Brain trauma cuts football career short

A BRAIN trauma injury has tragically cut short former North Ballarat Rebel Tim Houlihan’s football career.

Houlihan, 24, decided to retire after seeking advice from specialist doctors in Adelaide, Melbourne and Perth.

His father, Tom Houlihan, said it was a devastating end to a promising football career, but his son’s health had to come first.

“He had been knocked out one too many times, it’s as simple as that,” he said.

“I’m extremely proud of everything that he’s achieved, but it’s just one of those unfortunate things.”

Houlihan’s latest head injury came in the final round of the 2012 South Australian National Football League season, when he was knocked out following a sling tackle while playing for South Adelaide.

Houlihan, who hails from Harrow-Balmoral in the Wimmera, played 15 games in five seasons with West Coast Eagles before he was delisted at the end of 2011.

He is not the first footballer to hang up his boots due to serious head injury.

Former Melbourne player Daniel Bell sought compensation from the Demons in 2011 when he was diagnosed with brain damage and claimed the injury was linked to a series of concussions he sustained in his career.

Houlihan’s retirement announcement comes the same week dual Brownlow medallist Greg Williams revealed his battle with a degenerative brain disease and called on the league for more protection for hard-at-it players.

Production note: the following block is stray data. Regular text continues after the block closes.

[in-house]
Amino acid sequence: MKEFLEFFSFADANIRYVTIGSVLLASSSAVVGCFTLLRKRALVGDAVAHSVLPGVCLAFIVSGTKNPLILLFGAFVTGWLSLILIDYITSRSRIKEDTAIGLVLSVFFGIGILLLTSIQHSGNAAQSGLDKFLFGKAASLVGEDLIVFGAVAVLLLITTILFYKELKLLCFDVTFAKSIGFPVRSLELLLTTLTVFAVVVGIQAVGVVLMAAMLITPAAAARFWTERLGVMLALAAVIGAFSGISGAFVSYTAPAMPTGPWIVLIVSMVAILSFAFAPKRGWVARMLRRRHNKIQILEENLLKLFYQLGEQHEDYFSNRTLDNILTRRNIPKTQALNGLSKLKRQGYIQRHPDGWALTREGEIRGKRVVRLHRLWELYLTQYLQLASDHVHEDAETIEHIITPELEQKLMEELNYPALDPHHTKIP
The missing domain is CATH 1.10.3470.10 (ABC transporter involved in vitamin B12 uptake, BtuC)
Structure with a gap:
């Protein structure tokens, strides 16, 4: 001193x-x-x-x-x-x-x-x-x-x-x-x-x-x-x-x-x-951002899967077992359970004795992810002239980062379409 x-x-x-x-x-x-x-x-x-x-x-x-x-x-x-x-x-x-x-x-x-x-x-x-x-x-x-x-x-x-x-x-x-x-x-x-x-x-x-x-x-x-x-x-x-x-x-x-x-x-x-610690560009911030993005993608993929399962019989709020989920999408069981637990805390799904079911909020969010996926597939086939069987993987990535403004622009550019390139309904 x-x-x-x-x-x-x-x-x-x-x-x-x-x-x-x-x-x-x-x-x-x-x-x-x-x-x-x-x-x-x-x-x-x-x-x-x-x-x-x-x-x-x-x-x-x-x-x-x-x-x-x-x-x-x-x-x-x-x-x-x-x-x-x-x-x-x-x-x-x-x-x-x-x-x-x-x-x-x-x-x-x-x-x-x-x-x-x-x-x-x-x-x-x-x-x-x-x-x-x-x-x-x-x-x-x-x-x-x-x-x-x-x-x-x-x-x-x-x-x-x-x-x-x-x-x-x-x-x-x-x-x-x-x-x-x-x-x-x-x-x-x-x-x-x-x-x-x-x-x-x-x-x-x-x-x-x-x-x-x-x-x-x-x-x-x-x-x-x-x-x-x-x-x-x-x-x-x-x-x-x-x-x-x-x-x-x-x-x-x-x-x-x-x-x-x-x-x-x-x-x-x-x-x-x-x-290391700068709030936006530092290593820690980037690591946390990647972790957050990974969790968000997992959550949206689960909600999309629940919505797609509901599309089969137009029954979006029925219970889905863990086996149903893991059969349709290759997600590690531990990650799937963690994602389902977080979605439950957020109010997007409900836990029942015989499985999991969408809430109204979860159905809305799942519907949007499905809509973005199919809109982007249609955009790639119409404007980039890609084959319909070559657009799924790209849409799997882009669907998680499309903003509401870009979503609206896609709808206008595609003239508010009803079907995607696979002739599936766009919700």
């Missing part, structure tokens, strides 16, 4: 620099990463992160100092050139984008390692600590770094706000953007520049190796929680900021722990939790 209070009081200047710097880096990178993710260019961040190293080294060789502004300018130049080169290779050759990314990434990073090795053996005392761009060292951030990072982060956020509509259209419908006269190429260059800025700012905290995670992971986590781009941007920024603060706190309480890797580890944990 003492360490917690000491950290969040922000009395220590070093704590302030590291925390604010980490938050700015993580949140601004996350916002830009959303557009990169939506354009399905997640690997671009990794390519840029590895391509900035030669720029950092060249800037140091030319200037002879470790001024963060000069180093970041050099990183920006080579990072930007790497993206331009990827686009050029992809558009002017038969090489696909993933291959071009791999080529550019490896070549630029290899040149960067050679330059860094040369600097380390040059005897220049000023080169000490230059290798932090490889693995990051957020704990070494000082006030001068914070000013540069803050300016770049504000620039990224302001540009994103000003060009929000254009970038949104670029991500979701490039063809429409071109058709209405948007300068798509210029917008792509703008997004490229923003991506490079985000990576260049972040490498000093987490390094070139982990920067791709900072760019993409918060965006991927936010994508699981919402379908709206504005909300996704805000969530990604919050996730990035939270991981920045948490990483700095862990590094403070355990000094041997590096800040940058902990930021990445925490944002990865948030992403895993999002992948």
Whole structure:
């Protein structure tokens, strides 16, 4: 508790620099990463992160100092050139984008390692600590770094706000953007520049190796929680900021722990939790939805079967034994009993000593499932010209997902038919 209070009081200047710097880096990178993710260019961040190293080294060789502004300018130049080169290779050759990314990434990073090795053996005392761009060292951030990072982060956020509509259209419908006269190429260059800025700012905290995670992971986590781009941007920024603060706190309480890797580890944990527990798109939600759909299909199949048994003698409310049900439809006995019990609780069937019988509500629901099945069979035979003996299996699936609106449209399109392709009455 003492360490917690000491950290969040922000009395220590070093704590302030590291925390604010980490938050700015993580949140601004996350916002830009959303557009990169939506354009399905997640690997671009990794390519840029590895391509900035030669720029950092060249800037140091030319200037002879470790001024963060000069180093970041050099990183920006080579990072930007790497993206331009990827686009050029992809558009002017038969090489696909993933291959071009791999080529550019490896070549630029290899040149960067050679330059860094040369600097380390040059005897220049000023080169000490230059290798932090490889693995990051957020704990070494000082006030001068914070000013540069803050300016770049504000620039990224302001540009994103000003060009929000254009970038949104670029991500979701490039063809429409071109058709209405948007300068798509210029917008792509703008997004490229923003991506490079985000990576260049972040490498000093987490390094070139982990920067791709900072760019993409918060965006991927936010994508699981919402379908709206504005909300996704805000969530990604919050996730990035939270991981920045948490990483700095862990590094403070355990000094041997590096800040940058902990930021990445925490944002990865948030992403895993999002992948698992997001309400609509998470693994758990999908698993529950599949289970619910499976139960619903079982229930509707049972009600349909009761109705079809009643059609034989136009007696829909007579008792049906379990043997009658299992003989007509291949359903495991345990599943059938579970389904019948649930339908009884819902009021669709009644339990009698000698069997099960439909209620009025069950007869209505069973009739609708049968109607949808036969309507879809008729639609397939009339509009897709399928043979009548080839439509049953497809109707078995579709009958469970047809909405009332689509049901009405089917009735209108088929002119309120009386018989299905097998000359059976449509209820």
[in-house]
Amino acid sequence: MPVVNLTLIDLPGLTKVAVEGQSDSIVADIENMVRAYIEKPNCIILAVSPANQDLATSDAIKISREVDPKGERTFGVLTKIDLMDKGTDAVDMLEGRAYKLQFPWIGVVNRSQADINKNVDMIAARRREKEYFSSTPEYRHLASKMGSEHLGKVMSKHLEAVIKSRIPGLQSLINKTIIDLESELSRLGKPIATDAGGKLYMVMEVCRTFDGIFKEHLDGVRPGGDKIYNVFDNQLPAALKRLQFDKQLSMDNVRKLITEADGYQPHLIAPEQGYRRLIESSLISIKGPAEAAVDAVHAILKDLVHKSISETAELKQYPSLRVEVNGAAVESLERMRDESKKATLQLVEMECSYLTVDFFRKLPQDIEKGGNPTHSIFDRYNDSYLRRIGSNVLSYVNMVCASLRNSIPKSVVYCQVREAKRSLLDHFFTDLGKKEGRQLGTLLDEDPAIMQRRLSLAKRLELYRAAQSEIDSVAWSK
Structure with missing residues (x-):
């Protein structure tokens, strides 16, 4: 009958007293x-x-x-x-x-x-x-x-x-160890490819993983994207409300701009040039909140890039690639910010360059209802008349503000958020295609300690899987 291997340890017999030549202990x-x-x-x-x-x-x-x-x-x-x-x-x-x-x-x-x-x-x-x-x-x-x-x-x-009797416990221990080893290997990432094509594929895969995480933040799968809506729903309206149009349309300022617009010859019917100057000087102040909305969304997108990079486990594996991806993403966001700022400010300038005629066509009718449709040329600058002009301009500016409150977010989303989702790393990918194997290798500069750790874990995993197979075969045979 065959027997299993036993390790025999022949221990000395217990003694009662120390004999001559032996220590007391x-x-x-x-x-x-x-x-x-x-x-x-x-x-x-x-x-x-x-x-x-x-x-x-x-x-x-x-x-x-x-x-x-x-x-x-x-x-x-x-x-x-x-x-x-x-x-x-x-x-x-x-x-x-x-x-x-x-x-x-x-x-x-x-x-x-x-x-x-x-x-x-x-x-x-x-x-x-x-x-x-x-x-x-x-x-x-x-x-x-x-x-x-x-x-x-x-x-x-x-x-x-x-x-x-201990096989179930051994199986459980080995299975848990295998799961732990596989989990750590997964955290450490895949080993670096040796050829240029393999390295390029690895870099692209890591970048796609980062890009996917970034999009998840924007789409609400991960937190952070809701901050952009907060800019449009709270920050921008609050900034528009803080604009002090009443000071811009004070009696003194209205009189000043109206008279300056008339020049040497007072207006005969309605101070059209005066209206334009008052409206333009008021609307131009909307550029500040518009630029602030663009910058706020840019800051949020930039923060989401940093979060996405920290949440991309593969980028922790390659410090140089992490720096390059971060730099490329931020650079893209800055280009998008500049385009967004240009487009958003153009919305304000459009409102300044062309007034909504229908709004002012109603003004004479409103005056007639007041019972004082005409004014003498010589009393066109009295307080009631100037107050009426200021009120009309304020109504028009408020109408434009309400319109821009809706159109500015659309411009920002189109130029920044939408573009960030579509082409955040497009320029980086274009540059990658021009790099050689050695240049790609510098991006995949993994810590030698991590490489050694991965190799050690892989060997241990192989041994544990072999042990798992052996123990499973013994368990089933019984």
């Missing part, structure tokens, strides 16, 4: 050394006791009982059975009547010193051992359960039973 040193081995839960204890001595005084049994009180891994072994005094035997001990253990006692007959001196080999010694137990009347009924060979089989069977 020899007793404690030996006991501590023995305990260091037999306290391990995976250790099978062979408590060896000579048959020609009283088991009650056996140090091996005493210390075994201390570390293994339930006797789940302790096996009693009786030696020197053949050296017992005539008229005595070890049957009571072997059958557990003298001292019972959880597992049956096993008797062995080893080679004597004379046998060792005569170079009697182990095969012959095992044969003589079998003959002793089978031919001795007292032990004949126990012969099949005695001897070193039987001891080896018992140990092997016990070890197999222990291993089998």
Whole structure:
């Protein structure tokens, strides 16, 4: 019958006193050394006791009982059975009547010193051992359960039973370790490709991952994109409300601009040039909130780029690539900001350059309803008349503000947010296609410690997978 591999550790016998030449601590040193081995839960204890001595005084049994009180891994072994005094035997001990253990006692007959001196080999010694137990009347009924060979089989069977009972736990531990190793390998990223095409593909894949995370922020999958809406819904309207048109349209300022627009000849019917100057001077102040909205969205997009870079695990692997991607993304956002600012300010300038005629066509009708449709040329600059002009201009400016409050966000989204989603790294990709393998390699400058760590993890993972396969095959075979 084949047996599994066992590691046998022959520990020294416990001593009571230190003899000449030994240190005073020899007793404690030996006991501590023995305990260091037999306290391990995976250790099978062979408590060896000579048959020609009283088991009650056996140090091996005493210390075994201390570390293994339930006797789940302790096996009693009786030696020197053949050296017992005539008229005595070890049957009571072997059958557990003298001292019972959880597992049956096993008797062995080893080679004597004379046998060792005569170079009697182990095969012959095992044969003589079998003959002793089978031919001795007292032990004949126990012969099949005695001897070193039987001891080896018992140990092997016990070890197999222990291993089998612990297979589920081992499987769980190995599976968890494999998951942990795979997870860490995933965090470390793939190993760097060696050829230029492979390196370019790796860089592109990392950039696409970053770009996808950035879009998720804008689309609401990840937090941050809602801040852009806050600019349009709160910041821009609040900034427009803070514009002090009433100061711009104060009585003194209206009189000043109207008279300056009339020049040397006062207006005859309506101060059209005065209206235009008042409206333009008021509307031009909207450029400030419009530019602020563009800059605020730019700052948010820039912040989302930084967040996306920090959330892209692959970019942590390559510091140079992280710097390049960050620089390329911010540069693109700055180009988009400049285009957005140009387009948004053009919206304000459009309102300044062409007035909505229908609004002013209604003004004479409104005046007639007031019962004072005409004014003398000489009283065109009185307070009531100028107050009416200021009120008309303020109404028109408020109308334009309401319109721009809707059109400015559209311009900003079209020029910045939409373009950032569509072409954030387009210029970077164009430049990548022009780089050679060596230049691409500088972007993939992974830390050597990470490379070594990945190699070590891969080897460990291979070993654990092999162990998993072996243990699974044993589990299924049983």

North Ballarat Rebels regional manager Phil Partington said the Rebels and TAC Cup, where Houlihan launched his career, maintained a strong and conservative approach to concussion.

Partington said if a Rebels player was knocked in the head, the player would be pulled from the game and benched for at least the next one to two weeks.

AFL Victoria Wimmera development manager Geoff Burdett said he was sad to hear Houlihan’s news.

Burdett described Houlihan as a hard-running wingman with elite athletic ability.

Houlihan was  a talented footballer and runner from an early age and was drafted from the Rebels at pick 43 in the 2006 AFL National Draft.

The AFL will host a Concussion in Football Conference to discuss the issue next month.

melanie.whelan@fairfaxmedia.com.au

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